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FrostyTech Thermal and Acoustic Test
The equipment that FrostyTech uses when evaluating heatsinks and other cooling products has been developed to best gauge the various qualities of today's cooling solutions. To maintain the best possible correlation between heatsinks, all of our tests our synthetic in nature. From our experience, synthetic thermal testing provides the most accurate and reproducible sets of results.
FrostyTech's test methodology currently focuses on the thermal performance of copper interface dies, tested at 50W and 100W heat loads. To accommodate the many different sized processor cores heatsinks are intended to work on, equivalently sized copper interface dies are used. For example, if a heatsink were designed to cool a 100mm2 processor core or integrated heat spreader (10x10mm), the copper interface test die would be of the same basic shape and surface area. For the acoustic heatsink tests, we record the noise signature of a particular fan and heatsink combo and measure the sound levels.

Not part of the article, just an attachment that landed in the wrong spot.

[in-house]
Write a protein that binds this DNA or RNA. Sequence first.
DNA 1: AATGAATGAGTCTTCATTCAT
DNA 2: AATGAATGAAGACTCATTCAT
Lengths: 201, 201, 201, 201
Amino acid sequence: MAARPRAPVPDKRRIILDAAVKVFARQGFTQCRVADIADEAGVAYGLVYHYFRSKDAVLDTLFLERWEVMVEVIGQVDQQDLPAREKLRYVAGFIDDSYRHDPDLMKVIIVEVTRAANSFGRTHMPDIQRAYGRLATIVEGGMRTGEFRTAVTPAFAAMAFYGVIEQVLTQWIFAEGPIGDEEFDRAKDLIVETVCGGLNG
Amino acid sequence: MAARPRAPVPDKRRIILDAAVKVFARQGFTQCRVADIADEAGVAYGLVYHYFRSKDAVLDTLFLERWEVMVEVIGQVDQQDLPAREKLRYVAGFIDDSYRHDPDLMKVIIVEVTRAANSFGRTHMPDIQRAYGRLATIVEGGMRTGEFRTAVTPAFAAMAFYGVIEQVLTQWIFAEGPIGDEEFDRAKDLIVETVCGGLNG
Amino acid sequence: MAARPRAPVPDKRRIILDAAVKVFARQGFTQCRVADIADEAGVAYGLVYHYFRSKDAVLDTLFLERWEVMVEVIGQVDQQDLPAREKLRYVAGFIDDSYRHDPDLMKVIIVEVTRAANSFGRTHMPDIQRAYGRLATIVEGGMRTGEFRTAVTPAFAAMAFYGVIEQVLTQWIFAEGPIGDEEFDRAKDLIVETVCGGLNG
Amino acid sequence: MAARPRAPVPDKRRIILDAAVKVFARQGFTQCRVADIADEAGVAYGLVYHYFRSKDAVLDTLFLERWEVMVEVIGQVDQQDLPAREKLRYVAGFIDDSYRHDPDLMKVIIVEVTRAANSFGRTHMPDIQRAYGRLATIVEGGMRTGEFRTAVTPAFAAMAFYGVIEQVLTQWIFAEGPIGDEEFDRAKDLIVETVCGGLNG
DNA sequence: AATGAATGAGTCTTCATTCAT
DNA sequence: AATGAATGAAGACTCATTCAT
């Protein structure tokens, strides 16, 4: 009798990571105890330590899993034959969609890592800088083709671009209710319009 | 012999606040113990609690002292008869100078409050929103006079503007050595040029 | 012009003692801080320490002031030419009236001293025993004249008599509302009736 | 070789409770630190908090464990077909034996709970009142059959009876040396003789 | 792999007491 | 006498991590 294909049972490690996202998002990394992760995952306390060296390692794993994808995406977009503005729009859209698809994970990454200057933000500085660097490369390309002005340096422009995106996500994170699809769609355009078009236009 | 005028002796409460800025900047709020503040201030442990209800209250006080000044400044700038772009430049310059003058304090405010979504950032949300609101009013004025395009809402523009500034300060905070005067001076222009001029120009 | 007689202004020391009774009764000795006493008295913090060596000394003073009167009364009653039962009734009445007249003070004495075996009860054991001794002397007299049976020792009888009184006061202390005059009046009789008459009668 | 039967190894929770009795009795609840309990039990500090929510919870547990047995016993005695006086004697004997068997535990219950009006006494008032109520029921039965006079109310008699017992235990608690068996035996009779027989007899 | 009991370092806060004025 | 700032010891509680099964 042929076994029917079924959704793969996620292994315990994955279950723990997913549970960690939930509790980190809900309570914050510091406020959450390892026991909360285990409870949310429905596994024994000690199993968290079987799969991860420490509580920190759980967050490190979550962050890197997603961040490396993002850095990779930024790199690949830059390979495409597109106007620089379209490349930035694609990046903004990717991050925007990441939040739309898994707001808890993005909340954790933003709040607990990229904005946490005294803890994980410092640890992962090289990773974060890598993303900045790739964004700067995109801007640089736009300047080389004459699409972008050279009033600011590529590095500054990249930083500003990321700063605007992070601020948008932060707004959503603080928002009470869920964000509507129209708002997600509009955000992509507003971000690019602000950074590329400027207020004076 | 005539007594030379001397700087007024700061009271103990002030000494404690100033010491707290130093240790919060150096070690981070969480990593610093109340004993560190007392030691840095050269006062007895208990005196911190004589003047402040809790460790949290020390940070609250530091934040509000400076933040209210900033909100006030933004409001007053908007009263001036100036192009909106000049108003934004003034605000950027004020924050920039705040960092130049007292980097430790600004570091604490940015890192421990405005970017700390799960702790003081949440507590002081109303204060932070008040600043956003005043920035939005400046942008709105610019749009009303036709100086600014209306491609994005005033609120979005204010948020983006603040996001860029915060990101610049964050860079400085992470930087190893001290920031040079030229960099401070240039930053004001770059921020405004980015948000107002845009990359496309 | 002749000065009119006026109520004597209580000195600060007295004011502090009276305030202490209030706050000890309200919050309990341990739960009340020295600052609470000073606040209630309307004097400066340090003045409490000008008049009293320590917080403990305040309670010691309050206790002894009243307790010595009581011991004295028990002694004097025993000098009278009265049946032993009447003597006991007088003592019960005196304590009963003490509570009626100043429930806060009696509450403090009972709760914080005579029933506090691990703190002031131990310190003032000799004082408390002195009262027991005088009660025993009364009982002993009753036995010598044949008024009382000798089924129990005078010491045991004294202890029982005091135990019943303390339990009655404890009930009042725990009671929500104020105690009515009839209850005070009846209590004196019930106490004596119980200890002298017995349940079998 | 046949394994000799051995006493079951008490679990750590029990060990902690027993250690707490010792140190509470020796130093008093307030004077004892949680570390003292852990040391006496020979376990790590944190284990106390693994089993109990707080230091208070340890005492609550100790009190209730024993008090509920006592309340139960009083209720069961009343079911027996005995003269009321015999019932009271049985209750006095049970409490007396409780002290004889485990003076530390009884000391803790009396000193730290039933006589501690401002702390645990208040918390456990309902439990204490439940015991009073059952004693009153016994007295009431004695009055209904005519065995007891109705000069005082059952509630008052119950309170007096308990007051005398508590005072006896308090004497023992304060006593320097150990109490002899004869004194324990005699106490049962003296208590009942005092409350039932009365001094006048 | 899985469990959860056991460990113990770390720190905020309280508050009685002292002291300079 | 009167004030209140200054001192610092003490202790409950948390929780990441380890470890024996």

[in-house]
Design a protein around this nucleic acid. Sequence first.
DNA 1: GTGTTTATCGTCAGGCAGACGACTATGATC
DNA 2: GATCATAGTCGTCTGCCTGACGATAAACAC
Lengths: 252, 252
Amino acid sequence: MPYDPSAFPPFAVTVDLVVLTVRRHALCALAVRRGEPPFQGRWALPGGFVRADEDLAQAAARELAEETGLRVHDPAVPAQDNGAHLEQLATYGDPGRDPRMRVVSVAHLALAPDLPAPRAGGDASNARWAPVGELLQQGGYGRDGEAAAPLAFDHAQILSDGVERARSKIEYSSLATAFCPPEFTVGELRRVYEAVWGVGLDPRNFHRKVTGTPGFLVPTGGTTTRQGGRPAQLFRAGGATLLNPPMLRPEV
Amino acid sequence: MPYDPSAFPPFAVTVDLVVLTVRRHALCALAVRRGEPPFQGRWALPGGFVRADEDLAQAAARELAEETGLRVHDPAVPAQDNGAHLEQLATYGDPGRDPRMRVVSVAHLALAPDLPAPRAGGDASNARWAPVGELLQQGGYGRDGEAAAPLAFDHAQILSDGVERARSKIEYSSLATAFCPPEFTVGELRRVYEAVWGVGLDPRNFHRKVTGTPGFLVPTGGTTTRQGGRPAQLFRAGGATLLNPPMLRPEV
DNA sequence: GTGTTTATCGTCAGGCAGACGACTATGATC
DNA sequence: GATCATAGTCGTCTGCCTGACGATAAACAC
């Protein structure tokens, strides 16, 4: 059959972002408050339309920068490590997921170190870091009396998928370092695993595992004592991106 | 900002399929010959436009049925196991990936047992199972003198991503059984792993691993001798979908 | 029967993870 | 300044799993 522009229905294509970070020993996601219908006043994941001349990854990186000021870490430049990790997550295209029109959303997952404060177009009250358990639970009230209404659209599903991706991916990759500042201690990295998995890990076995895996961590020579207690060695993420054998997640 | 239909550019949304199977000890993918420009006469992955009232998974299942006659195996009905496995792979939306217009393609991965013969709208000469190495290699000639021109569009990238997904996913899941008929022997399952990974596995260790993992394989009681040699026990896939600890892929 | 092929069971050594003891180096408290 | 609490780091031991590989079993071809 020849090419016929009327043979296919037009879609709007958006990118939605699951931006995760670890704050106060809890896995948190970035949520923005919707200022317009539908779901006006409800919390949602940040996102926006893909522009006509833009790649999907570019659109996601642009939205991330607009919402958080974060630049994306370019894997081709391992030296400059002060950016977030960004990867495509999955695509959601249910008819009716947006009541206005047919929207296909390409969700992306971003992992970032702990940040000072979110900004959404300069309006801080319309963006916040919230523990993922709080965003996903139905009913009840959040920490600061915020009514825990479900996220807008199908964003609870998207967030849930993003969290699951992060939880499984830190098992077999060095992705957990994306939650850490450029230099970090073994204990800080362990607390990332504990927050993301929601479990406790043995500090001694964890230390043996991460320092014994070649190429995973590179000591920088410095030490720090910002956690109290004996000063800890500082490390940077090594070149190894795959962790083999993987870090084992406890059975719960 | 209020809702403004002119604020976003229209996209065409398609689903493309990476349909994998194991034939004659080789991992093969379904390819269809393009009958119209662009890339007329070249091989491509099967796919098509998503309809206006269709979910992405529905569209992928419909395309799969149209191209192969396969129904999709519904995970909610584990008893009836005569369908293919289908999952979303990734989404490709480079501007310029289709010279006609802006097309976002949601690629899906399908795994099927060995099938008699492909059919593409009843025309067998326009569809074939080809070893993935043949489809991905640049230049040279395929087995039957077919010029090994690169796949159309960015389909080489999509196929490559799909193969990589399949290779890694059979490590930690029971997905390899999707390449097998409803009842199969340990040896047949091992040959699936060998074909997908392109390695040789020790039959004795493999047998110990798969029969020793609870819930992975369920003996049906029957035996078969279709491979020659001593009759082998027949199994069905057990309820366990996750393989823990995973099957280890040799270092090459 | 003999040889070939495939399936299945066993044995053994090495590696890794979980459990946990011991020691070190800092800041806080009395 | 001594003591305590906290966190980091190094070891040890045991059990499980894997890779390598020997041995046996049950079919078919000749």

Sound Level Measurements
To measure the level of sound produced by a heatsink in decibels, an Omega HHSL1 sound meter is used. The HHSL1 is highly accurate between a range of 35-130 dB. To measure the level of noise produced, a heatsink is placed on a Melamine foam surface and the meter positioned about 12" above it and off to one side. The highest average level of noise is recorded.
Frosty Acoustic Sampling Chamber: